Thursday, February 20, 2020

Review: THE SUN DOWN MOTEL by Simone St. James

5+ Stars!

I expected a great novel, as I adored Simone St. James ' BROKEN GIRLS; and THE SUN DOWN MOTEL delivered on that expectation and far beyond it. This is a tremendously frightening novel, both in terms of the Supernatural scares (I thought my hair would turn white) and of the horribly-inhuman human frightener--who makes my blood run even colder. It also carries a tremendous impact in terms of Awareness: specifically awareness of how unsafe women and girls are. Yes in 2020 we are familiar with the #MeToo Movement and with the pervasiveness of "rape culture." But in 1982, one of the timelines in this novel, we weren't,  unless we had personal experiences, or a loved one or dear friend had suffered.  That a tiny little town like St. James' "Fell, New York," tucked off on a lonely highway almost to Canada, has such a HIGH number of murders of women, many of these rape-murders, and many unsolved "disappearances," is both mind-boggling and terrifying, especially that it's tacitly assumed and runs under the radar! Revolting!!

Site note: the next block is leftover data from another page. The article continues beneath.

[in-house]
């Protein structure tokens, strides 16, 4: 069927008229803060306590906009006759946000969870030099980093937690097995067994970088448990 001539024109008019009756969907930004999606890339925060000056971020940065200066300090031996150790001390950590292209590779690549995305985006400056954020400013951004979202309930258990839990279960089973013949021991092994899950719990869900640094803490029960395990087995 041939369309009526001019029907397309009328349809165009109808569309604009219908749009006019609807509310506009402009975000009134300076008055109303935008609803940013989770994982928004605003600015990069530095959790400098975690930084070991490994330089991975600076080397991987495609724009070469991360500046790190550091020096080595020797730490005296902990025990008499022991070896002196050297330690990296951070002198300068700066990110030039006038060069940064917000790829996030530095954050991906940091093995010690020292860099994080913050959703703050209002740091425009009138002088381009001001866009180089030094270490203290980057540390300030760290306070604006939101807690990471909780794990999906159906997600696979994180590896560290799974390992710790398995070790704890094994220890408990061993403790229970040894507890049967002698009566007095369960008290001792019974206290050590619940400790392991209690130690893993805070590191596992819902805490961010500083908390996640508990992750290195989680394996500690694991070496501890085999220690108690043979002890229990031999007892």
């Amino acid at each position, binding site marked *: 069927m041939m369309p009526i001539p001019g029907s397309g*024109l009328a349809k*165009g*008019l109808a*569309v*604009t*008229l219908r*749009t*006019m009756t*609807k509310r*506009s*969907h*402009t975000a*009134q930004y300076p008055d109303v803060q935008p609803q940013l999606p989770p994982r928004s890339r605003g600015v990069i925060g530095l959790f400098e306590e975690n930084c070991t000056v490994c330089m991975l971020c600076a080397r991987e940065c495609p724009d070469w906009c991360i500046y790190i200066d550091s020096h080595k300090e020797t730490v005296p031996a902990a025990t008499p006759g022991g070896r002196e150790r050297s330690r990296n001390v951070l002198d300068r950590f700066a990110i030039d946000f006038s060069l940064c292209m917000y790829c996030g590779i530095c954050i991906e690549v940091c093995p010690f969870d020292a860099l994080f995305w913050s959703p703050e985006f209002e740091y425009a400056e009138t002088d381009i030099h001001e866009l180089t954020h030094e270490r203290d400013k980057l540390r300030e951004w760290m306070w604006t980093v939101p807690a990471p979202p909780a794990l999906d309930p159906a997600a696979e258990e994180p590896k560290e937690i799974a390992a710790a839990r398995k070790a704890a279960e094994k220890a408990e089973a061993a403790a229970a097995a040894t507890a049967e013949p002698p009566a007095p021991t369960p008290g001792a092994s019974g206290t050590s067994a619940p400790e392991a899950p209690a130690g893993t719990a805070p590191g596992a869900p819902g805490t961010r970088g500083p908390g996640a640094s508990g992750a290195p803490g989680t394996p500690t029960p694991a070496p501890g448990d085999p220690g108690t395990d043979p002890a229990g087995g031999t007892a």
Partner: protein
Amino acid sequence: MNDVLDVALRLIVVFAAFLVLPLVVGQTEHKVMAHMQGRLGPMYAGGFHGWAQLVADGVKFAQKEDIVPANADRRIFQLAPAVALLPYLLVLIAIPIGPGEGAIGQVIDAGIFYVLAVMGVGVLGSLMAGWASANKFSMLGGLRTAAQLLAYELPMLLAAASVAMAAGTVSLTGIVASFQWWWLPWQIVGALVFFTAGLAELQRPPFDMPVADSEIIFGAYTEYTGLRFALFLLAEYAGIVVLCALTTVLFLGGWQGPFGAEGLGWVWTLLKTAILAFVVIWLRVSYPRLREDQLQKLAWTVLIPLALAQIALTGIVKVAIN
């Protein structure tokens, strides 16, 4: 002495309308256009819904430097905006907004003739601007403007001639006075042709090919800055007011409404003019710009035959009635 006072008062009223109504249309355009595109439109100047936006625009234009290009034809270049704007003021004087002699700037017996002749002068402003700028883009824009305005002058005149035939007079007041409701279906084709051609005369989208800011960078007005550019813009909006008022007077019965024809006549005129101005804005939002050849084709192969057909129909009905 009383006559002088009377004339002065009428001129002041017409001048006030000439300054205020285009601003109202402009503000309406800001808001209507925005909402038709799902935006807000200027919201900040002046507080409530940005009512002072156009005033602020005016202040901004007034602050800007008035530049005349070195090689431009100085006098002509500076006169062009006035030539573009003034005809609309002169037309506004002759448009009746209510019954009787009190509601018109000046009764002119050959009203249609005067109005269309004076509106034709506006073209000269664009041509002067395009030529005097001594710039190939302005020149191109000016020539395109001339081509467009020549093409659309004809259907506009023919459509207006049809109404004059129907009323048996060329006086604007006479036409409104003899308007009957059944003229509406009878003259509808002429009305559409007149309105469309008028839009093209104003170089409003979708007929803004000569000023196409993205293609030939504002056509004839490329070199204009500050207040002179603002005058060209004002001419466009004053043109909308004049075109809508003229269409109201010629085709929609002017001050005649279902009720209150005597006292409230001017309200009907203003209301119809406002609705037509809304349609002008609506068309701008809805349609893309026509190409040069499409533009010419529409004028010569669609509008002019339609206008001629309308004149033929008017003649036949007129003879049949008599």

This is not a book to put the reader peacefully to sleep at night.  This is a book to raise questions,  incite pondering,  and inspire activism.

Tuesday, February 18, 2020


5 Scary Stars!

In exception to the first eleven volumes in this spooky series, SHORT HORROR STORIES VOLUME 12 contains only two stories:

Home Again by Ron Ripley:

In the early 20th century, literary lion Thomas Wolfe announced, YOU CAN'T GO HOME AGAIN. I'm fairly certain he didn't have in mind the sort of homecoming that protagonist Allen experiences in this story!  As well as this works as a SCARY short story, I could hope that the inimitable Ron Ripley (who has an incredible imagination and a love of history) would decide in future to expand on certain characters and events mentioned--specifically those of three generations earlier.

The Inhabitant of the  Mirror by David Longhorn:  our protagonist, English by birth but long-ensconced in America, inherits the bizarre manor home of his mother's late half-brother, including its Magic Mirror.

Review: GARDEN OF BEWITCHMENT by Catherine Cavendish

5 + Stars!!

I believe author Catherine Cavendish may have lived a past life or two in Victorian Great Britain: she possesses a rare and quite special gift for writing that period "from the inside," and so readers "experience" her stories rather than just peruse a narrative.  I felt I lived with the characters in her newest,  the spectacularly spooky supernatural story GARDEN OF BEWITCHMENT. Evelyn and Claire, twin protagonists,  literally identical twins, their lives, their hauntings. Claire's obsession,  that mysterious and alien concept "toy" referenced so delightfully in the  title: for the duration of reading, all this was a part of me.



This month I'm actively seeking out Women Writers in the Genres of Horror,  Fantasy,  Paranormal/Supernatural, Mystery & Suspense.